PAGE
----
Day 13, October 8
Once again, I missed a close wolf kill site by a day. I learned this morning that the Canyons had made a kill very close to the road south of Norris yesterday. By the time I arrived, I had missed a distant viewing of three of the wolves, and much of the somewhat small carcass (a deer or elk calf) had been dragged off by the wolves the previous evening.
The afternoon was much more fruitful and fun. I went on an owl quest with several friends, trying to track down a great gray for them in some of the great gray spots I’m familiar with on the east side of the park. I initially struck out in the place where I found the great gray for my clients on Wednesday, so we moved down south of Canyon. There, we quickly found an owl, but not the one we were expecting!
Soon after I mentioned how great grays normally perch lower than great horned, we spied a great horned owl… perched low. It was a strange sight, especially given that it was around midday. The great horned isn’t normally active at that time. This one was perched right out in the open about 15 feet off the ground. Soon a raven spotted it as well, and spent the next several minutes harassing it. We had a lot of fun watching the interaction. For some, this was their first owl photo opportunity, so it was a treat sharing the moment.
We did eventually renew our great gray search in that spot, but didn’t find anything beyond red squirrels, gray jays, and Clark’s nutcrackers.
Heading south, we checked another spot before stopping for a late lunch. Afterward, we decided to make a quick trip through Hayden Valley. Though Hayden was quiet, we ran into Heidi near LeHardy Rapids. She had just seen Scarface close to the road and was waiting for him to appear. We waited for some time, but he never showed. Somehow, the big lug gave everyone the slip.
Since it was later in the afternoon, I figured we’d have a better chance of finding owls with a repeat visit to a couple of the earlier spots. It was closer to the great gray’s hunting time, after all. So we returned to the place where we saw the great horned. Unfortunately, we couldn’t go exploring, as a bull elk blocked the trail. This was a blessing in disguise, however. We next tried yesterday’s GGO spot for a second time this day… and it paid off!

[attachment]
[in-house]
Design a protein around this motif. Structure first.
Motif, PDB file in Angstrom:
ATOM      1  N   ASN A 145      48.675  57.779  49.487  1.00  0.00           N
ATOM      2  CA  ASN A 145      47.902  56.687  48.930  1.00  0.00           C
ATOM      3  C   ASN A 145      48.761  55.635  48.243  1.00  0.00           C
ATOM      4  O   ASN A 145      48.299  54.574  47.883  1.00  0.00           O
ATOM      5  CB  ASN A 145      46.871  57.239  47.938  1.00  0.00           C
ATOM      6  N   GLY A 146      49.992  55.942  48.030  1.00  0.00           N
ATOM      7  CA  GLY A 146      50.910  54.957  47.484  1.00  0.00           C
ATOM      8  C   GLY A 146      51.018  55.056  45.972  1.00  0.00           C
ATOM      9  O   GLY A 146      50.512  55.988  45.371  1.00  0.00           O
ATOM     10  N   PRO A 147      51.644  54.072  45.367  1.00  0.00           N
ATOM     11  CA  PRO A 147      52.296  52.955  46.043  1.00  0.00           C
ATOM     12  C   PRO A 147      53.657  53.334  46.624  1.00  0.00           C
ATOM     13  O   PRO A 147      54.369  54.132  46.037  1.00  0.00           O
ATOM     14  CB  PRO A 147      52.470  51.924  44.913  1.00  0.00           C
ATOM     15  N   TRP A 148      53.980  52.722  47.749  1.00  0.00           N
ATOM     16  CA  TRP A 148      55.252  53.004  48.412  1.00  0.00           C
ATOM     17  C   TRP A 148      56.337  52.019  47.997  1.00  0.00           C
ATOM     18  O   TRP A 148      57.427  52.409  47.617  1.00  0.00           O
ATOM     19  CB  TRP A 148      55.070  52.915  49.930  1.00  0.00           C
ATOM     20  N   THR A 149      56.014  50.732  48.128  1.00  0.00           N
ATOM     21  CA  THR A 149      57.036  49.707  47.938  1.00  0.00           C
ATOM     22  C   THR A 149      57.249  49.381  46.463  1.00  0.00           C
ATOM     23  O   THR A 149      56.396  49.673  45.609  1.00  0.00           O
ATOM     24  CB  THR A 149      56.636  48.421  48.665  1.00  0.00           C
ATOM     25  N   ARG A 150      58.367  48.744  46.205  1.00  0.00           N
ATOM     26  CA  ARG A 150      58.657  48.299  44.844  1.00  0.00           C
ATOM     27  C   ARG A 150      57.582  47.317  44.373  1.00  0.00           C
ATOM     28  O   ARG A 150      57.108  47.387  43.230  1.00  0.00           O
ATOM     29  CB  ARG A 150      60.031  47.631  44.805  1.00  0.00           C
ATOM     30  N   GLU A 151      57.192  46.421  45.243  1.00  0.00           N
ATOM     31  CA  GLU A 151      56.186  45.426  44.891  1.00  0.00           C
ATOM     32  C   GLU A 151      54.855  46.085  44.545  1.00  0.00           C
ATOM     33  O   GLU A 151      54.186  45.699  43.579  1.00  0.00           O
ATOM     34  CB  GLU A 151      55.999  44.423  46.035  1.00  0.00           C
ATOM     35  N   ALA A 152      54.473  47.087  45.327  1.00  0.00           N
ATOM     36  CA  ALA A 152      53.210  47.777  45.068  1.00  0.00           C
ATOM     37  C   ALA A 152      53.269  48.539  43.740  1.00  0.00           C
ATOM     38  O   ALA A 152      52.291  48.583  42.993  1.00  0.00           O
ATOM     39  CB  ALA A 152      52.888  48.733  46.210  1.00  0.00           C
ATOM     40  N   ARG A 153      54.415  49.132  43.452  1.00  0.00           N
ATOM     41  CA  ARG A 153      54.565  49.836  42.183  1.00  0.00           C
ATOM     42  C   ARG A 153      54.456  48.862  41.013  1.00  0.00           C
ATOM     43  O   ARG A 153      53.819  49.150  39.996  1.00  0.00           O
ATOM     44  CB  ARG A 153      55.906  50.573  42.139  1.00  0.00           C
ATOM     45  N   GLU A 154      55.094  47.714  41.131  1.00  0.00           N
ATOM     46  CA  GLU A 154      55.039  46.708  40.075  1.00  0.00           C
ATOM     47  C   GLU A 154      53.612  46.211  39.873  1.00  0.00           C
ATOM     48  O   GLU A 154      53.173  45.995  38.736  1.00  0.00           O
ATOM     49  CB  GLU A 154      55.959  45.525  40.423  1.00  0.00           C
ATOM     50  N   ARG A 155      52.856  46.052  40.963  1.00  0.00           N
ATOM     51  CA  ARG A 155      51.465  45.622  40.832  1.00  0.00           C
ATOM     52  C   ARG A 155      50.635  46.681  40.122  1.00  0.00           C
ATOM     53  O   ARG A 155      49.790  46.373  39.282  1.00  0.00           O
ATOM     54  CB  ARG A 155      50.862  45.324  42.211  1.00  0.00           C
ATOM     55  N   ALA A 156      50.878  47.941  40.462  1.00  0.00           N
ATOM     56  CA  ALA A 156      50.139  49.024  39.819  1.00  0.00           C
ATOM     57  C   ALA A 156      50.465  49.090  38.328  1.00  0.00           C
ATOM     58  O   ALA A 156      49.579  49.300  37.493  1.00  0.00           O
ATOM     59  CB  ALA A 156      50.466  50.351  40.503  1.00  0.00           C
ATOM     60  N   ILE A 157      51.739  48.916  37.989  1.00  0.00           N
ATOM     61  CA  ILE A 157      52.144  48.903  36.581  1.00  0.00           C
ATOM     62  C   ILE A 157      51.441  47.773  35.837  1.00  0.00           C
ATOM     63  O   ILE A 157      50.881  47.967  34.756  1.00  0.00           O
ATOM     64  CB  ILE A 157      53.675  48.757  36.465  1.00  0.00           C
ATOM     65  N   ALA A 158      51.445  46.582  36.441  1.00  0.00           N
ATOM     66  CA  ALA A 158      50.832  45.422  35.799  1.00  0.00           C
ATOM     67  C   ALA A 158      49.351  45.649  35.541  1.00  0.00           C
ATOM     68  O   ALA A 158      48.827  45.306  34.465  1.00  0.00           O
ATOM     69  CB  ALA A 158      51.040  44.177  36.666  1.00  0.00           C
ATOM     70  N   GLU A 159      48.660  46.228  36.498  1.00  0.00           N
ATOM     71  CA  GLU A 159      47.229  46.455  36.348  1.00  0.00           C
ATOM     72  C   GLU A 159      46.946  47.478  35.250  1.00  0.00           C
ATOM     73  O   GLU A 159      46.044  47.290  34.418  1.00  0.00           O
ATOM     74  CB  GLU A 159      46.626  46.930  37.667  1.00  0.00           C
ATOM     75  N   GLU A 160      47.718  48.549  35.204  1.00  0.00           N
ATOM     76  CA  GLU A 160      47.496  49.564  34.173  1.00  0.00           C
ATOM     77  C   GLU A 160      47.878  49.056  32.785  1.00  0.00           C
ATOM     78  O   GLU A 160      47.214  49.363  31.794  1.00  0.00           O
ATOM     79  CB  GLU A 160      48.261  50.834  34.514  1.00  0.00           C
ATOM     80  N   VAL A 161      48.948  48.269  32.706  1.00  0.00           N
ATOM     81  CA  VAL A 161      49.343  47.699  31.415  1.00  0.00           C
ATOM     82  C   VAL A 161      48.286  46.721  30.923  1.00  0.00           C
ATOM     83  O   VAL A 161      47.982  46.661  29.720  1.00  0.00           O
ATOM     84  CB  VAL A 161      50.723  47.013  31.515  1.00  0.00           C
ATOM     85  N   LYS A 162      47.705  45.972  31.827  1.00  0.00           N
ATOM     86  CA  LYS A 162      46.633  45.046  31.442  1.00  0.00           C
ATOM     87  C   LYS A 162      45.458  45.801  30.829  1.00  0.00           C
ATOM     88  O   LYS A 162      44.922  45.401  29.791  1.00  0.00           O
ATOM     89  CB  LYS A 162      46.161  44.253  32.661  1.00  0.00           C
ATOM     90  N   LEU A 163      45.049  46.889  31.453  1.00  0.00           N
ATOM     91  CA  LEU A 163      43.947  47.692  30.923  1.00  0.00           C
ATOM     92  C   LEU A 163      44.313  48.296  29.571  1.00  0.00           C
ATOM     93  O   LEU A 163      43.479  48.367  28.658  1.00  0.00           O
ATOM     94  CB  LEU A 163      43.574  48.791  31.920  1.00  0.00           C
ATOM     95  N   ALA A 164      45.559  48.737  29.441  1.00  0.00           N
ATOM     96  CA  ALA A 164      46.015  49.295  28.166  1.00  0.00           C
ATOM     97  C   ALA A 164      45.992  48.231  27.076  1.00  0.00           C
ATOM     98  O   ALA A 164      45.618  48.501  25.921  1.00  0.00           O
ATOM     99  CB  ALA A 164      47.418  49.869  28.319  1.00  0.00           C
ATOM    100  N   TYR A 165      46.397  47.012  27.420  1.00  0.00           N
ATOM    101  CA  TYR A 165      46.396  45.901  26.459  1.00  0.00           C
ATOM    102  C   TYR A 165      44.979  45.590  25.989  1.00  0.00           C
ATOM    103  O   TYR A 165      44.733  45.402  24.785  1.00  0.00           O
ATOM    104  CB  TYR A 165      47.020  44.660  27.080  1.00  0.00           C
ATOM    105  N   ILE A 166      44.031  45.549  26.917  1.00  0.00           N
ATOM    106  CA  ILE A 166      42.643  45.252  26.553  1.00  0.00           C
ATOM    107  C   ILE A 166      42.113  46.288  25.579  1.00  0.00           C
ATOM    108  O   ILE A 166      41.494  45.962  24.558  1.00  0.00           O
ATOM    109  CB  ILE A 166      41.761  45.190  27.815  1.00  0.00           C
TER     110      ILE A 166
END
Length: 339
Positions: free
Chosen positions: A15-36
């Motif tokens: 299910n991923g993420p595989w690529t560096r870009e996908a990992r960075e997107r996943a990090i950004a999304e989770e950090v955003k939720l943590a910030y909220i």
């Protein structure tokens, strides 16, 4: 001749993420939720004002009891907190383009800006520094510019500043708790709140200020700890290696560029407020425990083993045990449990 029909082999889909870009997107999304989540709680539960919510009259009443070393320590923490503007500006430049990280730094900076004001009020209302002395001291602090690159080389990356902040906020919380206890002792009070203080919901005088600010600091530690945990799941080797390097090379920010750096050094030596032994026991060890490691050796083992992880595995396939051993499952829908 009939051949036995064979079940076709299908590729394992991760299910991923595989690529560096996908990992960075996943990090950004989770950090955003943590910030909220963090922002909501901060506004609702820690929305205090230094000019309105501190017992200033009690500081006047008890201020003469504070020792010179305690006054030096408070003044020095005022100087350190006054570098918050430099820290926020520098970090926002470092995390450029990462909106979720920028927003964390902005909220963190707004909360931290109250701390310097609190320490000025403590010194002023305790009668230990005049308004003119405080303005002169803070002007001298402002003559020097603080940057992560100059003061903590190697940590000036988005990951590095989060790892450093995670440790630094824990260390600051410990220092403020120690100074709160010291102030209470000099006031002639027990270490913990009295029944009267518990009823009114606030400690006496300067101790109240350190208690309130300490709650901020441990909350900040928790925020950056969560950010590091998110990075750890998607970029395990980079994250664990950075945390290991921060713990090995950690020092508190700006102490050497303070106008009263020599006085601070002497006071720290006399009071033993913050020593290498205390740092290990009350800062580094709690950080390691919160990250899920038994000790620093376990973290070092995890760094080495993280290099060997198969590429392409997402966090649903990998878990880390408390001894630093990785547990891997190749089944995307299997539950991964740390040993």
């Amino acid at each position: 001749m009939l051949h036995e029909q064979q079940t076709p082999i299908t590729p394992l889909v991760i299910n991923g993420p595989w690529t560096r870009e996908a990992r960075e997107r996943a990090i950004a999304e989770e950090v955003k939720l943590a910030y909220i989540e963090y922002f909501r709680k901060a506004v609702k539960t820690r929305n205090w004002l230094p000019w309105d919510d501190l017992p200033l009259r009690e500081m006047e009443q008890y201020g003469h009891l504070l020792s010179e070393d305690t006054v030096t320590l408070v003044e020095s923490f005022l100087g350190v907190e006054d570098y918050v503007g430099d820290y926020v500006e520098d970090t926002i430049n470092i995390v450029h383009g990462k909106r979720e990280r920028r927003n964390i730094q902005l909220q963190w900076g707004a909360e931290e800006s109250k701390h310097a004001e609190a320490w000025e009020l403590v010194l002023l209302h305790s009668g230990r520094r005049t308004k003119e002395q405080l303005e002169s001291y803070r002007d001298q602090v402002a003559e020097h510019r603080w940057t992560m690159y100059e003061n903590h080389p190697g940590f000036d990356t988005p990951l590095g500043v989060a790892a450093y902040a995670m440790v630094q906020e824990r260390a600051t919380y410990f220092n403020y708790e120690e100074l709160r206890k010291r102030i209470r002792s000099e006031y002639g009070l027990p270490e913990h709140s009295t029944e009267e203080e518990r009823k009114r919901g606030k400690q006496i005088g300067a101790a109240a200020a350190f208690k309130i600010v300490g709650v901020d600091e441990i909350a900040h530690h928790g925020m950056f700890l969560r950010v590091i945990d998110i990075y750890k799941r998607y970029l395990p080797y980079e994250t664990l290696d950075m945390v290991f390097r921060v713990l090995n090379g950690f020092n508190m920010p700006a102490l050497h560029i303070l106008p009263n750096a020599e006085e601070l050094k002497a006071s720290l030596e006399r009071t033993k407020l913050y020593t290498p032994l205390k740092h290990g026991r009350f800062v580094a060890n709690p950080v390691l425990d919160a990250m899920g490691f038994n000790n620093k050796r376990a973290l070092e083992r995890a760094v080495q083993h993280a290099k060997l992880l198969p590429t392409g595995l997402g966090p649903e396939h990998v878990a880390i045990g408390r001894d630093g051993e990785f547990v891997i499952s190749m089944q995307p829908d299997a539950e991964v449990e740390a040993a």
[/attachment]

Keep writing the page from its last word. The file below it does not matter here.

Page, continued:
While wandering the woods very close to where I found yesterday’s owl, I found another great gray perched at eye level in the shadows. It eventually flew to the edge of a meadow and began to hunt.
This owl was darker and didn’t have pointed tail feathers (the latter a good sign that it’s an adult), so it very well could be the parent of the owl I found Wednesday. All the hard work searching paid off. It’s been a great stretch for owls so far!
Day 14, October 9th
It was my last full day of the trip, and it ended up being very mellow. I had few goals, so in the morning I searched for a hike. Pebble Creek, a trail I’d never hiked, was mysteriously closed. The Thunderer, another new one for me, ended in a ford of Soda Butte Creek and therefore was not an option. So I wandered around the Pebble Creek area, including heading up into the canyon a ways. I found a large pile of fresh grizzly scat, but that was about it.
Afterward I had to return to Silver Gate to wrap things up and prepare for my departure. During the afternoon drive–a sunny and warm one–the only excitement was a black bear sow with single cub on the road at Phantom Lake. Things were really a mess (people abandoning their cars and photographing the bears from 20 feet away), so I eased through before things go really snarled.
Another successful fall adventure is in the books. I’d like to once again thank my clients from the tours I led: Bill, Charlotte, Ed, Juan, Nina and Rick. Thanks also to Zack Clothier, my fellow guide on our group tour, as well as Judy at the Gardiner Super 8 and the team at the Ranch Inn in Jackson for hosting us.
Stay tuned for more photos from this trip. If you’re interested in joining me on a future Yellowstone adventure, check out my tour website for more details on upcoming tours.